Computer fails to start.

By GiantPocky ยท 12 replies
Dec 20, 2006
  1. I can't turn on my computer after several failed attempts to fix an earlier problem. I have recently bought a new power supply, re-apply thermal grease so that it would be much much smoother. Now, whenever I hit the power button, only the red LED light in the front flash for a split second, the fan and the power supply moves for the same amount of time, and no other responsive actions. I am desperate for any suggestions, since I don't want to waste my school break stressing over my computer. Here is my computer:

    Brand/Model ECS P4M800PRO-M
    BIOS American Megatrends Inc. 080012 12/10/2005
    System Board ECS P4M800PRO-M 1.0
    Intel Pentium D 2.8 Ghz

    Corsair 667 DDR2 1gb RAM
    Seagate Barracuda 7200 400 gb Hard drive
    Maxtor 120gb hard drive
    Radeon 9200 video card
    Windows XP SP2

    thanks in advance.

    also, i'm sorry if i posted in the wrong section of the forums, as this is my first time here. If you would require any added information, I would gladly try to find out. Again, in dire need of assistance, =(
  2. DonNagual

    DonNagual TechSpot Ambassador Posts: 2,406

    Is this a computer that at one point was working but has suddenly stopped?

    First hunch is you'll need to RMA your motherboard, but I'd recommend doing some quick troubleshooting first.

    Remove everything from your motherboard, and take it out of your case. Stick it on a box beside your case and connect ONLY the following:

    one stick of ram
    your graphics card

    Then connect your PSU connections to the board. There should be TWO connections, the 24pin and the ATX12v connector. Also connect your case's speaker wire to the motherboard at this point if it has one.

    Are there any LED lights lit up on the board at this point?

    Next connect your monitor, keyboard and mouse, and take a screwdriver and quickly touch the two pins that are normally connected to your case's power on switch (shorting it). This should get you into your bios. What happens at this point? What color are the LED lights on the board, if any, and what fans are spinning? Any beeps?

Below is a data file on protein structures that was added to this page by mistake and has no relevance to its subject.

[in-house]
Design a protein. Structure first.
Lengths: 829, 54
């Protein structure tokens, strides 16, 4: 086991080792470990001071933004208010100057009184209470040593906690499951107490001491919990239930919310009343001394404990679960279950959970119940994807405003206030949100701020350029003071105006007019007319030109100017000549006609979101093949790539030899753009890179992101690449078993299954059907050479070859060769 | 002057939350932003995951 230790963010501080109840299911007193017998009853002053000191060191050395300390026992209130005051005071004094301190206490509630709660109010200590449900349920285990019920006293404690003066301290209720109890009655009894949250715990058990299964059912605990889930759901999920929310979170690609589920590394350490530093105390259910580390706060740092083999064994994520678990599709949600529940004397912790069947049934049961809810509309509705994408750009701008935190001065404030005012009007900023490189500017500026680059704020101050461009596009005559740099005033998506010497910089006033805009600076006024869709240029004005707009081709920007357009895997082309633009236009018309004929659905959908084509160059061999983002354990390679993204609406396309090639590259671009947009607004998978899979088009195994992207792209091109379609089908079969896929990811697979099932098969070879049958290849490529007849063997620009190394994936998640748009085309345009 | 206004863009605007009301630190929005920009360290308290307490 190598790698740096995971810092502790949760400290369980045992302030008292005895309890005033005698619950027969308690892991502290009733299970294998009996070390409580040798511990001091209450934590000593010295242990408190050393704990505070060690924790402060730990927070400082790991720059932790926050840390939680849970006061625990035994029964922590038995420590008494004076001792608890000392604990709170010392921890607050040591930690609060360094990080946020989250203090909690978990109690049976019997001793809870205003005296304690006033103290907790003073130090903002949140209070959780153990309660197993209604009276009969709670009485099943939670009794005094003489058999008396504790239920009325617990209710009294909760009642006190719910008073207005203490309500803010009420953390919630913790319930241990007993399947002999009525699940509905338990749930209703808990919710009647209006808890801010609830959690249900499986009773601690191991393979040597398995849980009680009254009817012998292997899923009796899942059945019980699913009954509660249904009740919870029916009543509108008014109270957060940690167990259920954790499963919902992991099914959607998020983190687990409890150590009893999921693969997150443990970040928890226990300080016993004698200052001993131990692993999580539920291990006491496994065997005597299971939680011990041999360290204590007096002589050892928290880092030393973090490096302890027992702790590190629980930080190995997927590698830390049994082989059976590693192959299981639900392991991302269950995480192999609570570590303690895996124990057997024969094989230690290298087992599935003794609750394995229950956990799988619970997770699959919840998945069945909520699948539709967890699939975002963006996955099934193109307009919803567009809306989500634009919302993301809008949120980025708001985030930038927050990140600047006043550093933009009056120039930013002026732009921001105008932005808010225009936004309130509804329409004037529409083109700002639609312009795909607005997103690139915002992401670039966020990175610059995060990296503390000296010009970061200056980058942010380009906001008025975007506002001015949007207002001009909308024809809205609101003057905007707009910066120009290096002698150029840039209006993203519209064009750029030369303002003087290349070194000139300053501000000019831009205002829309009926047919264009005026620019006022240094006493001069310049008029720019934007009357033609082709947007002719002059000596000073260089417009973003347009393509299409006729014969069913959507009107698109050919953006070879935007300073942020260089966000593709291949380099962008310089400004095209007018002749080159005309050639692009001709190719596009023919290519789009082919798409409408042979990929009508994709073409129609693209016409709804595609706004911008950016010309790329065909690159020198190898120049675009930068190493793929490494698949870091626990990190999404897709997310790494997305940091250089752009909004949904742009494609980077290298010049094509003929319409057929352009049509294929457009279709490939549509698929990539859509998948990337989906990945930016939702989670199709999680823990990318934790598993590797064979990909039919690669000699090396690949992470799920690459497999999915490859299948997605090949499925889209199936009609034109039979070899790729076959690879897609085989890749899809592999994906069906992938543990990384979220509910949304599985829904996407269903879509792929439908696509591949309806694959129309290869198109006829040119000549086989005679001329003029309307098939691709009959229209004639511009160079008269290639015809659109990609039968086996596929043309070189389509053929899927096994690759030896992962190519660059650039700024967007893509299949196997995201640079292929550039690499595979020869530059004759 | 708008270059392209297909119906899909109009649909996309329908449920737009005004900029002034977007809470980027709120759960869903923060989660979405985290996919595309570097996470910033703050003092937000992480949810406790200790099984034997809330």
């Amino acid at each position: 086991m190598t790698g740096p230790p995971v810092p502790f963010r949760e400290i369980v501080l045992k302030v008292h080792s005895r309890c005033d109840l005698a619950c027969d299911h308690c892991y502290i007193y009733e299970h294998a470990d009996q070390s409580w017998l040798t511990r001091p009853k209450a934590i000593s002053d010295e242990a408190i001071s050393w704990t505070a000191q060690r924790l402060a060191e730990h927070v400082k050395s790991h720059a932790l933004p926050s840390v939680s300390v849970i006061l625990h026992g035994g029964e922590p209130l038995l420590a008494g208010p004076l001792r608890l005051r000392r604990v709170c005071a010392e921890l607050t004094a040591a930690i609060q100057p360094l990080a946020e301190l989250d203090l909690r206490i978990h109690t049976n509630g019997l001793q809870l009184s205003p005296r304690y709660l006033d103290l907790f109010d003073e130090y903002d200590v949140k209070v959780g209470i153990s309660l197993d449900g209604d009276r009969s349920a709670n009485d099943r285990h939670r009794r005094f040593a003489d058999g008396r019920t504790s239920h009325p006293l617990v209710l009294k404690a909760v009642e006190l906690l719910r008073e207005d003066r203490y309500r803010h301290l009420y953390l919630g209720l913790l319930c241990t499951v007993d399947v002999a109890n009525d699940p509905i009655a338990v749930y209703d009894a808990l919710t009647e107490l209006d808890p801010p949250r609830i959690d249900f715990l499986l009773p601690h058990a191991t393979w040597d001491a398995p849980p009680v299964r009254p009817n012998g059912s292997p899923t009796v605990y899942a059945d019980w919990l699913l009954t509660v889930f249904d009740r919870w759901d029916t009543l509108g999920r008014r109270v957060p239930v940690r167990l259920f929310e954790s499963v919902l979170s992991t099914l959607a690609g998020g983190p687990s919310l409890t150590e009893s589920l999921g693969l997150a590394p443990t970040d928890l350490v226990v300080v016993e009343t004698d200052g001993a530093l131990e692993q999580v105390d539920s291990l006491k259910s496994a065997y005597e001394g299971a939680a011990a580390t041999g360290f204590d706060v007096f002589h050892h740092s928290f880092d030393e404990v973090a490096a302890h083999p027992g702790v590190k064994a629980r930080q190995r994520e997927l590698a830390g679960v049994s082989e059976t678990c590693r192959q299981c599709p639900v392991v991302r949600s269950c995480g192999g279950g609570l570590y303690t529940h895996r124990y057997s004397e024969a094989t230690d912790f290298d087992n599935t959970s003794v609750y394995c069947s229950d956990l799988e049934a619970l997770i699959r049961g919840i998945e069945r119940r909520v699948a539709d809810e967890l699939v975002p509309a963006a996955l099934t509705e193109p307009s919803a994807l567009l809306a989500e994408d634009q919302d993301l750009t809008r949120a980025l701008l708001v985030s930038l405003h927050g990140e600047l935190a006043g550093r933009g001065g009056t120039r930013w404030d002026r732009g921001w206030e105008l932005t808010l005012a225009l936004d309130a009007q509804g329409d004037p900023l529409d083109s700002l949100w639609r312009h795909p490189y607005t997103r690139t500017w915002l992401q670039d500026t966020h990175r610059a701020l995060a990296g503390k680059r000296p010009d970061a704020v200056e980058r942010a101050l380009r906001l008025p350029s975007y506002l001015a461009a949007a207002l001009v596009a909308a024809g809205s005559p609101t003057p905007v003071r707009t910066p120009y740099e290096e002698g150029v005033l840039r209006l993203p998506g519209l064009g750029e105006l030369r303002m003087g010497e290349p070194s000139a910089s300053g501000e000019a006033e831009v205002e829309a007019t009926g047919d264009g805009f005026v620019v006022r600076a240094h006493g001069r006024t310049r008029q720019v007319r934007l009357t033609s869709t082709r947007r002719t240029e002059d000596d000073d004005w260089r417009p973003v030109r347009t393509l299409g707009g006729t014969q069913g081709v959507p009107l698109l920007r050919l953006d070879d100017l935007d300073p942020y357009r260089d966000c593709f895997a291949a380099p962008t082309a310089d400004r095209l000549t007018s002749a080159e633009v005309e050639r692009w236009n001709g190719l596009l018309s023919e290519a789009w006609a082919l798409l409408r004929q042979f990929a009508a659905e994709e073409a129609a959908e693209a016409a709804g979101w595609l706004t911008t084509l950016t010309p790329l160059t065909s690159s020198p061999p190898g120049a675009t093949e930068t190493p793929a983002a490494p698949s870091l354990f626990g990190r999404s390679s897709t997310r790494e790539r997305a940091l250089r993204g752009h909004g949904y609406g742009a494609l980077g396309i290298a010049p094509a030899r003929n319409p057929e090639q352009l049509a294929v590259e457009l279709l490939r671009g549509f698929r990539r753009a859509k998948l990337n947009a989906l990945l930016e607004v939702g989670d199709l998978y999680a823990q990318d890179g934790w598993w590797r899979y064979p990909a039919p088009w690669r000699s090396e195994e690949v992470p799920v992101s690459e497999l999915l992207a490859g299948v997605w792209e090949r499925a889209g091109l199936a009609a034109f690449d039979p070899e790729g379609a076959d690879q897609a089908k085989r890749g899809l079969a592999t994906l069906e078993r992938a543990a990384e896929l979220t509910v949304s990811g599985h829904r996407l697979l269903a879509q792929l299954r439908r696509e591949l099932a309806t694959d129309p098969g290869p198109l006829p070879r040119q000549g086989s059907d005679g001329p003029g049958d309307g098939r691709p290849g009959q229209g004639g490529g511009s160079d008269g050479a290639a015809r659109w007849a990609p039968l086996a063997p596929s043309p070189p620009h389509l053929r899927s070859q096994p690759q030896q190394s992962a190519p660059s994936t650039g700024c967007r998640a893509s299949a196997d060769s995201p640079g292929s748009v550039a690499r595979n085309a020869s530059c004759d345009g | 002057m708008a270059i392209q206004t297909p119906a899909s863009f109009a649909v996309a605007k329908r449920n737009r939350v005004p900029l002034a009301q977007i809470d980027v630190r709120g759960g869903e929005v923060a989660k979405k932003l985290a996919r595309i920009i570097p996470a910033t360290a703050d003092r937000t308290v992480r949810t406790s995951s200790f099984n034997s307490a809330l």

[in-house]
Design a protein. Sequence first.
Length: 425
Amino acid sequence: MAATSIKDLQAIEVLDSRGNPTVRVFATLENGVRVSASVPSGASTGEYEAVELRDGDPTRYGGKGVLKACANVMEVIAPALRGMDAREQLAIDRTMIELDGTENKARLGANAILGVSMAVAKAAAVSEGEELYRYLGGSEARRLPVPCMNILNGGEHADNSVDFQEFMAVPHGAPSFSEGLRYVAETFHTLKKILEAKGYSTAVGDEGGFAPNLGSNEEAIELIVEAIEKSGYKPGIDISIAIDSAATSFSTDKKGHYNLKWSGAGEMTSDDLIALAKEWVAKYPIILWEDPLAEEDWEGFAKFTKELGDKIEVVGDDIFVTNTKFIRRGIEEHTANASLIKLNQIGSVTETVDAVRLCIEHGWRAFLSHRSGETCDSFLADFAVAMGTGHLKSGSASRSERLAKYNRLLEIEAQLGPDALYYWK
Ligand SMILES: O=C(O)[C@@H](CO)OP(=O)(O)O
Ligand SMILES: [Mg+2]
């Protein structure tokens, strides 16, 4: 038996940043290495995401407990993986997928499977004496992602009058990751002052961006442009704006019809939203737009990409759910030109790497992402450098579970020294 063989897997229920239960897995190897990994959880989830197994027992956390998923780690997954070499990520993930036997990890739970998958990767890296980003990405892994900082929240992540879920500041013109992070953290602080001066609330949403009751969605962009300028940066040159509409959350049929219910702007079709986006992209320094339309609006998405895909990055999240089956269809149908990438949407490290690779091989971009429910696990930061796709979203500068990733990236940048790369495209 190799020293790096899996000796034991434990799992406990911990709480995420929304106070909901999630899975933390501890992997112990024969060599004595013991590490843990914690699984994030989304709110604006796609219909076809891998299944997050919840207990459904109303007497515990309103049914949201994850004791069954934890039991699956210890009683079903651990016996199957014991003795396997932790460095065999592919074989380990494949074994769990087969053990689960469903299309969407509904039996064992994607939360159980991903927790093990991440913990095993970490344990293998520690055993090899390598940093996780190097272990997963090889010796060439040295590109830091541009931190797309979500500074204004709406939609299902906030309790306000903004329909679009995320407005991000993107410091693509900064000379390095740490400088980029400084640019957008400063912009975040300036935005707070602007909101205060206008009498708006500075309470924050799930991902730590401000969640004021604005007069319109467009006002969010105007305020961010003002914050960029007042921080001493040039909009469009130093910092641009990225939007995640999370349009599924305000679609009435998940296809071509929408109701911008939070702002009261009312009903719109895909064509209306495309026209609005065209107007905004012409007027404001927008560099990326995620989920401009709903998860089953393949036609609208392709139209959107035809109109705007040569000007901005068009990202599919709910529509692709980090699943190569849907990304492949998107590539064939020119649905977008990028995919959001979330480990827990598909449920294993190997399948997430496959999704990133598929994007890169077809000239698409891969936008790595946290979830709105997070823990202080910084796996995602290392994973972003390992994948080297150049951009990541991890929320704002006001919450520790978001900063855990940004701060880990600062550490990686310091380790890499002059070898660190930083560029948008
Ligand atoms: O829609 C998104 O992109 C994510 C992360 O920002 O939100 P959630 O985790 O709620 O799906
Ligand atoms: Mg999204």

If it doesn't get you into your bios, we have narrowed it down to either your motherboard or CPU (since you have already tried a new PSU).
  3. Teaser261

    Teaser261 TS Rookie Posts: 121

    Question, did you set the voltage switch on the new power supply to your country's voltage. It would be 110 or 115 if you are in the USA. 220 or 230 in other parts of the world. It is a very common mistake, the switch should be just above or below the power switch on the actual power supply. Let us know how you make out. Also what did you mean by
  4. GiantPocky

    GiantPocky TS Rookie Topic Starter

    Here's what happened 3 days before. My computer tends to shut off random, restart randomly. I noticed in Task Manager that CPU often goes up to 50 when I'm running a full-screen game and almost 300k mem usage. Whenever I do a heavy task such as downloading or rendering in-game images, it would crash. Now, I COMPLETELY regret not reading the guide in your profile. I first thought it was the power supply. So I replaced my old one with an adequate 600w. (I honestly forgot how to find out how much w is your power supply, my old one, at least). Finished installing it, played my game and still random crashes. So I figured I needed more thermal paste/grease. I went on and applied Arctic Silver, re-apply it on the surface of the CPU, and put back the heatsink fan. At THIS point, however, it would no longer start-up.

    I'm doing this as we speak, where would I see the LED lights?

    The first time I installed the CPU, my hands were shaky and the thermal paste that came with it was smeared. When I took it apart, it seemed very thick and solid, so I came to the conclusion that I should remove the solids and re-apply a new layer of Arctic Silver. Sorry for the confusion. Thanks for pointing out the 115/230 voltage, and yeah, I live in the US and it's always 115 on the backside, so no problems there.